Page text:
By: Anna Vintermist

Title:Chromatin remodelling of ribosomal genes - be bewitched by B-WICH



Transcription of the ribosomal genes accounts for the majority of transcription in the cell due to the constant high demand for ribosomes. The number of proteins synthesized correlates with an effective ribosomal biogenesis, which is regulated
by cell growth and proliferation. In the work presented in this thesis, we have investigated the ribosomal RNA genes 45S and 5S rRNA, which are transcribed by RNA Pol I and RNA Pol III, respectively. The focus of this work is the chromatin remodelling complex B-WICH, which is composed of WSTF, the ATPase SNF2h and NM1. We have studied in particular its role in ribosomal gene transcription. We showed in Study I that B-WICH is required to set the stage at rRNA gene promoters by remodelling the chromatin into an open, transcriptionally active configuration. This results in the binding of histone acetyl transferases to the genes and subsequent histone acetylation,
which is needed for ribosomal gene activation. Study II investigated the role of B-WICH in transcription mediated by RNA polymerase III. We showed that B-WICH is essential to create an accessible chromatin atmosphere at 5S rRNA genes, which is compatible with the results obtained in Study 1. In this case, however, B-WICH operates as a licensing factor for c-Myc and the Myc/Max/Mxd network. Study III confirmed the importance and the function of the B-WICH complex as an activator of ribosomal genes. We demonstrated that B-WICH is important for the remodelling of the rDNA chromatin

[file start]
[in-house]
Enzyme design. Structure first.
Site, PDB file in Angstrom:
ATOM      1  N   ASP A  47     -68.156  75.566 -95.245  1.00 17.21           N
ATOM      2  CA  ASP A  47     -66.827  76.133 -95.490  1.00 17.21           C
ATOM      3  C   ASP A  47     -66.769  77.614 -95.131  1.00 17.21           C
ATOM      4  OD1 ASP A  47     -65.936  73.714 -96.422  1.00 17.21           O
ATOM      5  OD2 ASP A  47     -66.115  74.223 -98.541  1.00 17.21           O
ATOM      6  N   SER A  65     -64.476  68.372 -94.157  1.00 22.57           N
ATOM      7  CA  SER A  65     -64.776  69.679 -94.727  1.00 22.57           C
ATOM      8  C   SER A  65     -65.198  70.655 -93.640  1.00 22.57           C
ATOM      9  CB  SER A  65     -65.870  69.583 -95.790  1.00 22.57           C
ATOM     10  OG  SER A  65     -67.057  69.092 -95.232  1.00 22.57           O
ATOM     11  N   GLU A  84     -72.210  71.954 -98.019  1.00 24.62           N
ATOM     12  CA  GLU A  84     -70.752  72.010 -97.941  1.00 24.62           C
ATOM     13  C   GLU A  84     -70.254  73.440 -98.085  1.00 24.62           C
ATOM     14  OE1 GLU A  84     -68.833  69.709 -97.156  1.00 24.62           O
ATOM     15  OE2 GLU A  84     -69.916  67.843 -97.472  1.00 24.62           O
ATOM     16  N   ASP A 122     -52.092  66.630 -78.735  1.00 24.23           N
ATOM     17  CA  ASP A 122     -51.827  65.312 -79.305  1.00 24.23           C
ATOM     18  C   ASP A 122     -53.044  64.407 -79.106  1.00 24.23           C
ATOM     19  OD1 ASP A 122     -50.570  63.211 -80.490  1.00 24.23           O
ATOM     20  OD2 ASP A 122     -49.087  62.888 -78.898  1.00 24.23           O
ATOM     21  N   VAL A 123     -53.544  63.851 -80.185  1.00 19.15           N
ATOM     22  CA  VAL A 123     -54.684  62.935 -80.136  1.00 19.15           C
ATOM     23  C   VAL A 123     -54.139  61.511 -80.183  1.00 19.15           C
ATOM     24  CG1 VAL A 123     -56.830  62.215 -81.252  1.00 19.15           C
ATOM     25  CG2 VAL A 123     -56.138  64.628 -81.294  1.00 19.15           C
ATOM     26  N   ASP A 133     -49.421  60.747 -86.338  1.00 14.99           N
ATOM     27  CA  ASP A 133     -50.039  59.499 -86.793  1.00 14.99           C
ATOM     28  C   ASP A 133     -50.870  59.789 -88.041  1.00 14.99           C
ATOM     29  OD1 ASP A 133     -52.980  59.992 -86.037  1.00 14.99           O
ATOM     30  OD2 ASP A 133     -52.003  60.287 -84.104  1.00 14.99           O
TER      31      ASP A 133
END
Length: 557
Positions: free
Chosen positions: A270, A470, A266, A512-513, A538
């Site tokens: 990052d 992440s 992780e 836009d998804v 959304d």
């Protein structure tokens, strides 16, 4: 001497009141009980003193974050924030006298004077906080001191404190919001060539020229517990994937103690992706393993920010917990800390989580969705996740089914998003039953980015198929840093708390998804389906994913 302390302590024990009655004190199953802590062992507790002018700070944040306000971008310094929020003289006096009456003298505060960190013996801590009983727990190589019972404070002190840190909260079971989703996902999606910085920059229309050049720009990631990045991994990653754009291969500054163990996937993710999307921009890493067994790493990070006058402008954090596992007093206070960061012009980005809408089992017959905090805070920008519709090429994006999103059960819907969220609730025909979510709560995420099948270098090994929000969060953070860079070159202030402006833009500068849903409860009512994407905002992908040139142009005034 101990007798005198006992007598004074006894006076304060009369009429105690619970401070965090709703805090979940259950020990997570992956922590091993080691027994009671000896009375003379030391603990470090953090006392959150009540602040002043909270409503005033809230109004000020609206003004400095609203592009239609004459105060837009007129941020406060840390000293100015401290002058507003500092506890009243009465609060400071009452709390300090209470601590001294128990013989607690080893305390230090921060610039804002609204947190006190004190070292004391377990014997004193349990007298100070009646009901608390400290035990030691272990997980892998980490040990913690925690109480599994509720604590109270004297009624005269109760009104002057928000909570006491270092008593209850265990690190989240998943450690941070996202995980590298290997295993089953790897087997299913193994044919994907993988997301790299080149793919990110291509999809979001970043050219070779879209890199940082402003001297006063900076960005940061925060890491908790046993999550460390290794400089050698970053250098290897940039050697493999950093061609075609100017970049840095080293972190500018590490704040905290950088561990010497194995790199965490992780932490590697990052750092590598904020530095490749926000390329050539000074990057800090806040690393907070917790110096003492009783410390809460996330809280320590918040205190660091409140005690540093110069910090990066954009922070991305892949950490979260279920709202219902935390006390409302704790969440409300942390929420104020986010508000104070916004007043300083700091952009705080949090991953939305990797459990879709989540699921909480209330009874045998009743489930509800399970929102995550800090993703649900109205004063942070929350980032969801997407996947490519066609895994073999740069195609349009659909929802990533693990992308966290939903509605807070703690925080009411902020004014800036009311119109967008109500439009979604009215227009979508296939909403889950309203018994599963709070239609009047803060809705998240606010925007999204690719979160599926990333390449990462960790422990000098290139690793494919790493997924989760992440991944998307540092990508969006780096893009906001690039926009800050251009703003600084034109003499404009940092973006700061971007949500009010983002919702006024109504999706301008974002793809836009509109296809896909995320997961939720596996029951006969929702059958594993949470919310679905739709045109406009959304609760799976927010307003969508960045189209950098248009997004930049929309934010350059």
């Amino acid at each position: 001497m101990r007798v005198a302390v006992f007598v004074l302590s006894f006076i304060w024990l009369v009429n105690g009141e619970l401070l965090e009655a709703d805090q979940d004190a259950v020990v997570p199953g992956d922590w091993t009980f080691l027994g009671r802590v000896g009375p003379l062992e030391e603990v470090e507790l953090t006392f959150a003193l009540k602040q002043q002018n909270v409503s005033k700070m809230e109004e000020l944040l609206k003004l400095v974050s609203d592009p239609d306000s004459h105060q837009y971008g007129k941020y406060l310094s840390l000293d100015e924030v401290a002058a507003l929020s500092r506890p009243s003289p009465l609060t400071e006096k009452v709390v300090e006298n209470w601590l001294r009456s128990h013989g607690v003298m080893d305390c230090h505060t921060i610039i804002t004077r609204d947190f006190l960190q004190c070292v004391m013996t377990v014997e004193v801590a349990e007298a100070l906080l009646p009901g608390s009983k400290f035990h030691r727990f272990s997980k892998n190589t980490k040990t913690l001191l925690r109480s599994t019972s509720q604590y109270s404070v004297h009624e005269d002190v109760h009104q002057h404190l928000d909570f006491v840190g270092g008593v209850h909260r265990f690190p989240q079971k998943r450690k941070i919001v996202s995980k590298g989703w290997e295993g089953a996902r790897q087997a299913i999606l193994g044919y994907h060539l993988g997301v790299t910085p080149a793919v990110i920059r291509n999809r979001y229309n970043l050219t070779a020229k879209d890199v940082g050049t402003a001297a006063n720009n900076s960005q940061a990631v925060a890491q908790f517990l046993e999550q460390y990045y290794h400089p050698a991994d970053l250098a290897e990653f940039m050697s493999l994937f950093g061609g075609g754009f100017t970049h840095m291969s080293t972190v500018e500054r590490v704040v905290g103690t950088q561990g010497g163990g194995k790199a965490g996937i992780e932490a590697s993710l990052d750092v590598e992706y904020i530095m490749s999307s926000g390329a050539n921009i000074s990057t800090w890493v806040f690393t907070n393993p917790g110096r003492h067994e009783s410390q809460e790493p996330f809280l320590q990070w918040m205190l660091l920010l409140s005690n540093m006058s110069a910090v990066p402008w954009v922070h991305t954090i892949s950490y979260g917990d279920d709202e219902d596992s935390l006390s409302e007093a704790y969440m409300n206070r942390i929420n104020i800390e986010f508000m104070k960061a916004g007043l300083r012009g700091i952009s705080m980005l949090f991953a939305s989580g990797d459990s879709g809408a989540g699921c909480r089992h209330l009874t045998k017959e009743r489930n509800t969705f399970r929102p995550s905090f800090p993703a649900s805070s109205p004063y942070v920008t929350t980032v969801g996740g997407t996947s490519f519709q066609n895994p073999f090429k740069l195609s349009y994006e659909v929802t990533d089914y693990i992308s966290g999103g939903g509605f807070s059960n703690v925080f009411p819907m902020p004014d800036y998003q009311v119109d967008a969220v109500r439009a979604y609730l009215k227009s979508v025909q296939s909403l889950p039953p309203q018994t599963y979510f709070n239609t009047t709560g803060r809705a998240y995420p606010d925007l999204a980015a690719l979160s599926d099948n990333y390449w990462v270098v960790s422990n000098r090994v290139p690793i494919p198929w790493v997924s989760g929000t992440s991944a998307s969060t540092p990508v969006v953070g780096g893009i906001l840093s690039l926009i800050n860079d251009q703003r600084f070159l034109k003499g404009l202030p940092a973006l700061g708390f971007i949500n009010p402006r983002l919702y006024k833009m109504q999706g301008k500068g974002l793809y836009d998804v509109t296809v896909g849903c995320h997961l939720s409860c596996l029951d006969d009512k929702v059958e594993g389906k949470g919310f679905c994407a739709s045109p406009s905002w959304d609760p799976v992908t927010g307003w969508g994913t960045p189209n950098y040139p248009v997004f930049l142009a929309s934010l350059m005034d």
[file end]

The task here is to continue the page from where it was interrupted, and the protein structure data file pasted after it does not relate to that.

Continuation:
into an active, competent state in response to extracellular stimuli, and that the association of the B-WICH complex to the rRNA gene promoter is regulated by proliferative and metabolic changes in cells. The work presented in this thesis has confirmed that the B-WICH complex is an important regulator and activator of Pol I
and Pol III transcription. We conclude that B-WICH is essential for remodelling the rDNA chromatin into a transcriptionally active state, as required for efficient ribosomal gene transcription.